Brown admitted to running from police because he has a felony warrant, according to the report. However, the report said, Brown denied running toward the officer or attempting to grab his gun. He also indicated the marijuana was planted by the officer.
“If Edward had been trying to take a gun from the police officer as has been alleged in the publicity that has come from the police department, he would have been shot in the front, not in the back,” Horne said during the press conference.
He was charged with aggravated assault on an officer and possession of marijuana.
Maupin displayed a medical marijuana card that he said belonged to Brown and was in effect at the time of the shooting.
Brown’s family plans to hold a protest outside City Hall on Friday night. Brown wants all charges dropped and is planning a lawsuit.
When reached, the Phoenix Police Department said it does not comment on cases pending litigation.
Guyger was charged with manslaughter and was later released on bond.
Carrie Pommerening, September 18, 2018
Dallas police officer Amber Guyger’s story sounds like a dark plot of a Saturday Night Live skit, and it contradicts what the neighbors claimed to have heard.
On Sept. 6, Guyger, 30, shot and killed Botham Jean, 26, in his own apartment at South Side Flats.
Guyger claims to have mistaken his apartment for her own, and that the door to the apartment was already open when she tried to insert the key. This made her suspicious. According to Guyger, she didn’t know she was in the wrong apartment until she turned the lights on after shooting Jean from across the room.
According to Lee Merritt, the attorney for Jean’s family, two neighbors heard someone knocking on the door before the shooting. One witness says they heard someone shout “Let me in! Let me in!” Another claims to have heard Jean yell out “Oh my God! Why did you do that?” after hearing shots fired.
It’s sickening to think of the possible reasons why Guyger would want to kill Jean. Family and friends of Jean have spoken highly of his character to the news. Alyssa Kinsey, a neighbor of Jean’s, told CNN that he was a “quiet, friendly and super chill” neighbor. She also said they would “talk about life together, smiling and laughing. He had a huge smile.”
The police wasted no time in trying to find ways to smear this friendly character. According to an article from Fox News, within hours of Jean getting shot, the police asked a judge for a search warrant to search his apartment for drugs and other things. On Thursday, Sept. 13, the results of the search warrant were released. Investigators had found 10.4 grams of marijuana and a marijuana grinder.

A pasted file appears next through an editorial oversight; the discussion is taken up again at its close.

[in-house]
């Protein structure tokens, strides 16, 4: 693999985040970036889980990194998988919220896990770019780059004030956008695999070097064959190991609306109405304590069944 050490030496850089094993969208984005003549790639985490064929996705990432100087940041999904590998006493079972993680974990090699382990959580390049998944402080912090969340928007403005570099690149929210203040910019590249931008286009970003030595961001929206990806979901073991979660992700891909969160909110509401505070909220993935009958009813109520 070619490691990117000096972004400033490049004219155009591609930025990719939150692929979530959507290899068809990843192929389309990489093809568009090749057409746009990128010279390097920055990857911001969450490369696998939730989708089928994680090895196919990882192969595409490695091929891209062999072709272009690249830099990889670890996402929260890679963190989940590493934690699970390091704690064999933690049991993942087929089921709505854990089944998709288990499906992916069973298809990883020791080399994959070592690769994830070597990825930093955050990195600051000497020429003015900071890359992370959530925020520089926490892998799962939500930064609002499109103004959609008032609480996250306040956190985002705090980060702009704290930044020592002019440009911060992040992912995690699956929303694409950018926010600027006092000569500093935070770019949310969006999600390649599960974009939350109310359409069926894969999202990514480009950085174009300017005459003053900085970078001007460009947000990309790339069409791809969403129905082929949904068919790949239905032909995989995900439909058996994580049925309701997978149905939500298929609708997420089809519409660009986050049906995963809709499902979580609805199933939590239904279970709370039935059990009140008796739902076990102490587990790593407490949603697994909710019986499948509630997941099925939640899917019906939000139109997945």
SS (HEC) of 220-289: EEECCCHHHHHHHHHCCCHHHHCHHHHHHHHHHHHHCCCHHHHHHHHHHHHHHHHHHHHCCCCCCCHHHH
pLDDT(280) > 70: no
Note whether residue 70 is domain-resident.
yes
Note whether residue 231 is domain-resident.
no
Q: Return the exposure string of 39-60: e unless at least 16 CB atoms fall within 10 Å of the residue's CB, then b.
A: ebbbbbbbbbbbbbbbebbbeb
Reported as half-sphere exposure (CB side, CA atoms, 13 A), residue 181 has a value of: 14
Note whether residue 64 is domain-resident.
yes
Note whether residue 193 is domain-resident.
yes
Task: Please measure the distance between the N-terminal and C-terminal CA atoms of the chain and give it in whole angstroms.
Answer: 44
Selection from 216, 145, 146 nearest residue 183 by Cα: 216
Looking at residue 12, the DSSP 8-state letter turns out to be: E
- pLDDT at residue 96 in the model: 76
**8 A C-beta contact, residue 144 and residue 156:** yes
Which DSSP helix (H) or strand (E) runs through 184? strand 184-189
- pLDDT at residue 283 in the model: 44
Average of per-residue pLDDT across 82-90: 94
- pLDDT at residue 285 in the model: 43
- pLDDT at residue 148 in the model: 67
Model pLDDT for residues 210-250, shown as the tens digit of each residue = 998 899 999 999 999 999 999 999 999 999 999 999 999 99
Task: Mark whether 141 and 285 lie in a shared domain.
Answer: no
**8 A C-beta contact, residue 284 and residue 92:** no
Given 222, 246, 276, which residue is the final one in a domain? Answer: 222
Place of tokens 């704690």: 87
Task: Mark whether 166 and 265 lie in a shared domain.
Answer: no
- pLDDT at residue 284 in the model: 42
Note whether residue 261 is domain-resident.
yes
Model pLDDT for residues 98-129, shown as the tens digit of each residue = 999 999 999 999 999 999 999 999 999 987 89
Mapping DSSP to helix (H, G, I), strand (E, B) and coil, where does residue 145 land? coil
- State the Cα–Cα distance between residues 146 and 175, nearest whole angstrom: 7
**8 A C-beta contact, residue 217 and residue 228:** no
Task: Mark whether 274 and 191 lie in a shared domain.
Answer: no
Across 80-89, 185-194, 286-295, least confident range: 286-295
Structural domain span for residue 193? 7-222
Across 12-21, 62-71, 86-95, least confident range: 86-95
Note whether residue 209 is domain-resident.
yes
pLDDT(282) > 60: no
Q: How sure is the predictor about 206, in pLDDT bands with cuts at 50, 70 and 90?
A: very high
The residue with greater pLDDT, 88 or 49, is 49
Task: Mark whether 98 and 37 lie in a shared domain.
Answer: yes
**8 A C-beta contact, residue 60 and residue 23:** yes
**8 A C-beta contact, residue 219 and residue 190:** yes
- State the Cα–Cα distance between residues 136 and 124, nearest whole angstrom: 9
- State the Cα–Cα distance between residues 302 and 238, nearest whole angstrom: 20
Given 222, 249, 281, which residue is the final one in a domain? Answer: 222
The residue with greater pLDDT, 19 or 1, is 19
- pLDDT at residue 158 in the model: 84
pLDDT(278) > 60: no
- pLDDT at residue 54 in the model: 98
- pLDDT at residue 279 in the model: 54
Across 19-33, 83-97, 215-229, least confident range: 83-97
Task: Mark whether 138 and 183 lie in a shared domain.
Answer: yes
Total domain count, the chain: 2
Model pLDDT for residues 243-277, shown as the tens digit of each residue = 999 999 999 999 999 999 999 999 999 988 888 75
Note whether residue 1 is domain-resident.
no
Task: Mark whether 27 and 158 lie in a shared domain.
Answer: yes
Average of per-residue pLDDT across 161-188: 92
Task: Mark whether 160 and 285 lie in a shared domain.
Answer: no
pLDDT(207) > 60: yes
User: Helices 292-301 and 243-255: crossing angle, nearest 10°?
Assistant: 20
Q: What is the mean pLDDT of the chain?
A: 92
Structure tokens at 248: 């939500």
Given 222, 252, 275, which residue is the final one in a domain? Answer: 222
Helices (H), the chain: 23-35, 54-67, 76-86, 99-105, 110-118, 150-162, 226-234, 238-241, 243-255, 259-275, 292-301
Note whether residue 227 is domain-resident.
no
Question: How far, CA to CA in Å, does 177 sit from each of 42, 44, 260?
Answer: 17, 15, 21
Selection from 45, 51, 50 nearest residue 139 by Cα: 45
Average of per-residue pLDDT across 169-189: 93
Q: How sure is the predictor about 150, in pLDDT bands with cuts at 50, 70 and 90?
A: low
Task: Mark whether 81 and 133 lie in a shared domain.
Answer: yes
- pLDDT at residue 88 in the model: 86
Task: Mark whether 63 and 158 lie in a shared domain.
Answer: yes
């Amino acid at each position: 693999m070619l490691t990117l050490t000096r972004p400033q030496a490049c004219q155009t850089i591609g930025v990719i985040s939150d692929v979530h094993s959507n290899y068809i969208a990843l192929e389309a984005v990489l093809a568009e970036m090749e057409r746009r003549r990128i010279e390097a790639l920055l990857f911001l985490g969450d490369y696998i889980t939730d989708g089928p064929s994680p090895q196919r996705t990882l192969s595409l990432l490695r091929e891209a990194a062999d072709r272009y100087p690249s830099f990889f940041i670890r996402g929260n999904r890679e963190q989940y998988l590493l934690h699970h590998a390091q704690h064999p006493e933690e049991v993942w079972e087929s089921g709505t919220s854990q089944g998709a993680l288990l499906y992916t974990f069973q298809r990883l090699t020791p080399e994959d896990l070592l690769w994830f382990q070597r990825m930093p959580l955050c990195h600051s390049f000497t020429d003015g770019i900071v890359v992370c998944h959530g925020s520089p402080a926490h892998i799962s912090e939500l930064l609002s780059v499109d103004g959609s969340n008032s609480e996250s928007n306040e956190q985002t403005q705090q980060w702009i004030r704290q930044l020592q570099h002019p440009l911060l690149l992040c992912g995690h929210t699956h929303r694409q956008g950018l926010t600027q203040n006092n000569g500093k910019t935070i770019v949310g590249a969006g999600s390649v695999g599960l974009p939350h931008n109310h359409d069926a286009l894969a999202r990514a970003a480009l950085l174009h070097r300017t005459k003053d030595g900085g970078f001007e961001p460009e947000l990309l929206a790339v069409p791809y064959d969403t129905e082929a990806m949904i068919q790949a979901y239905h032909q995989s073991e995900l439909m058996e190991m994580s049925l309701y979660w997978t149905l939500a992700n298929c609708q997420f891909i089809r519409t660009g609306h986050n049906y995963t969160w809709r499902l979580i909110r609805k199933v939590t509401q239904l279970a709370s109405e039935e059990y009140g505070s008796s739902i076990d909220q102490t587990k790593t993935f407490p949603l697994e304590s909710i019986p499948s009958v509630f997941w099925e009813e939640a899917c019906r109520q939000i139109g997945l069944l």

Seems like the new way to investigate murder is to criminalize the victim.
This trend of victim-blaming has plagued the justice system. Most of the black men killed by police officers have been criminalized in some way. Back in 2014, the Ferguson police tried to criminalize Michael Brown after he was shot and killed by officer Darren Wilson. According to the New York Times, they claimed that he had stolen cigarettes, and even punched Wilson before being shot. The reports from witnesses say otherwise. How dare victims like Michael Brown get shot? Police only protect and serve, and they never do anything wrong.
How dare Jean get shot in his own home.
The only right thing the police have done in this case was arrest Guyger. If only this didn’t happen three days after the shooting or in another county. This is probably why we haven’t heard about the investigation of claims that Guyger and Jean were previously in a relationship. Even if they start investigating that, they’ll likely point the finger at Jean somehow. Until then, Jean’s family does not know what happened that night, or why Guyger killed their loved one.
By Christian Sheckler South Bend Tribune and Ken Armstrong ProPublica,
Two Elkhart police officers who punched a handcuffed man in the face more than 10 times will face criminal charges — 11 months after the fact, and only after the South Bend Tribune requested video of the incident as part of an ongoing investigation with ProPublica.
The two officers, Cory Newland and Joshua Titus, will be charged with misdemeanor counts of battery, the police department announced Friday. Both have been placed on administrative leave pending the case’s outcome, department spokesman Sgt. Travis Snider said.
The department also released video of the beating after 5 p.m. Friday — more than three weeks after The Tribune requested a copy.